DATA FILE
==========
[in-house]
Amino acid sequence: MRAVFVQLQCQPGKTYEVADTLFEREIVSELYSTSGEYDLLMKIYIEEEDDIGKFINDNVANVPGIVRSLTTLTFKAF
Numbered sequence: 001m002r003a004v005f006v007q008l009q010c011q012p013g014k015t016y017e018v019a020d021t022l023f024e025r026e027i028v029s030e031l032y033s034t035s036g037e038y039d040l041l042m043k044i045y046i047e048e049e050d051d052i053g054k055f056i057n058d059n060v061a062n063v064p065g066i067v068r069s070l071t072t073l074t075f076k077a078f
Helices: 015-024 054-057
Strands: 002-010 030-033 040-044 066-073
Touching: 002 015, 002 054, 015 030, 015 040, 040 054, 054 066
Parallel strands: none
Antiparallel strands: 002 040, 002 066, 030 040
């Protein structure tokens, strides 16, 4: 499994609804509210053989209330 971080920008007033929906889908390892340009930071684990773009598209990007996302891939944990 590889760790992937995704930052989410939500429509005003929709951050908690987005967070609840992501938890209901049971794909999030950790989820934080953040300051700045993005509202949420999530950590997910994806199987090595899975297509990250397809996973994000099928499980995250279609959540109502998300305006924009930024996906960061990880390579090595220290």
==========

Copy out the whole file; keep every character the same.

[in-house]
Amino acid sequence: MRAVFVQLQCQPGKTYEVADTLFEREIVSELYSTSGEYDLLMKIYIEEEDDIGKFINDNVANVPGIVRSLTTLTFKAF
Numbered sequence: 001m002r003a004v005f006v007q008l009q010c011q012p013g014k015t016y017e018v019a020d021t022l023f024e025r026e027i028v029s030e031l032y033s034t035s036g037e038y039d040l041l042m043k044i045y046i047e048e049e050d051d052i053g054k055f056i057n058d059n060v061a062n063v064p065g066i067v068r069s070l071t072t073l074t075f076k077a078f
Helices: 015-024 054-057
Strands: 002-010 030-033 040-044 066-073
Touching: 002 015, 002 054, 015 030, 015 040, 040 054, 054 066
Parallel strands: none
Antiparallel strands: 002 040, 002 066, 030 040
């Protein structure tokens, strides 16, 4: 499994609804509210053989209330 971080920008007033929906889908390892340009930071684990773009598209990007996302891939944990 590889760790992937995704930052989410939500429509005003929709951050908690987005967070609840992501938890209901049971794909999030950790989820934080953040300051700045993005509202949420999530950590997910994806199987090595899975297509990250397809996973994000099928499980995250279609959540109502998300305006924009930024996906960061990880390579090595220290």